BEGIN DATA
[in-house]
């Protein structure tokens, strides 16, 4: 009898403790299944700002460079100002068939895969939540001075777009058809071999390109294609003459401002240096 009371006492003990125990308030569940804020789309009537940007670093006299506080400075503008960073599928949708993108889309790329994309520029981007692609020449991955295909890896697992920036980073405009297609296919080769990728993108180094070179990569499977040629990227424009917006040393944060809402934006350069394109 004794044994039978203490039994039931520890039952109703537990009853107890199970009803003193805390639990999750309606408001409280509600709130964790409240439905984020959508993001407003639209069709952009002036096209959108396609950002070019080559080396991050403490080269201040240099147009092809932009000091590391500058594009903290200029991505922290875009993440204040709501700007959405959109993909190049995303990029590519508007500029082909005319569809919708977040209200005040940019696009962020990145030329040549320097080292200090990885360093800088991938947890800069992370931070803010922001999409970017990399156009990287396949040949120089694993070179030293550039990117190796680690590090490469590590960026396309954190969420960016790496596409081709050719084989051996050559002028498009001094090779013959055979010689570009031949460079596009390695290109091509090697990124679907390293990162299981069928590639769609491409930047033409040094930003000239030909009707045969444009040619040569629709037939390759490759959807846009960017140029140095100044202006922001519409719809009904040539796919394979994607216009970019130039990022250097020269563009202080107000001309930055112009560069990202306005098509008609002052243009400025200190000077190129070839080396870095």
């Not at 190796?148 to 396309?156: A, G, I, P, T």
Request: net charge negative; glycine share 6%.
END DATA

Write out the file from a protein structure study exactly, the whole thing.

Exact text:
[in-house]
């Protein structure tokens, strides 16, 4: 009898403790299944700002460079100002068939895969939540001075777009058809071999390109294609003459401002240096 009371006492003990125990308030569940804020789309009537940007670093006299506080400075503008960073599928949708993108889309790329994309520029981007692609020449991955295909890896697992920036980073405009297609296919080769990728993108180094070179990569499977040629990227424009917006040393944060809402934006350069394109 004794044994039978203490039994039931520890039952109703537990009853107890199970009803003193805390639990999750309606408001409280509600709130964790409240439905984020959508993001407003639209069709952009002036096209959108396609950002070019080559080396991050403490080269201040240099147009092809932009000091590391500058594009903290200029991505922290875009993440204040709501700007959405959109993909190049995303990029590519508007500029082909005319569809919708977040209200005040940019696009962020990145030329040549320097080292200090990885360093800088991938947890800069992370931070803010922001999409970017990399156009990287396949040949120089694993070179030293550039990117190796680690590090490469590590960026396309954190969420960016790496596409081709050719084989051996050559002028498009001094090779013959055979010689570009031949460079596009390695290109091509090697990124679907390293990162299981069928590639769609491409930047033409040094930003000239030909009707045969444009040619040569629709037939390759490759959807846009960017140029140095100044202006922001519409719809009904040539796919394979994607216009970019130039990022250097020269563009202080107000001309930055112009560069990202306005098509008609002052243009400025200190000077190129070839080396870095």
């Not at 190796?148 to 396309?156: A, G, I, P, T």
Request: net charge negative; glycine share 6%.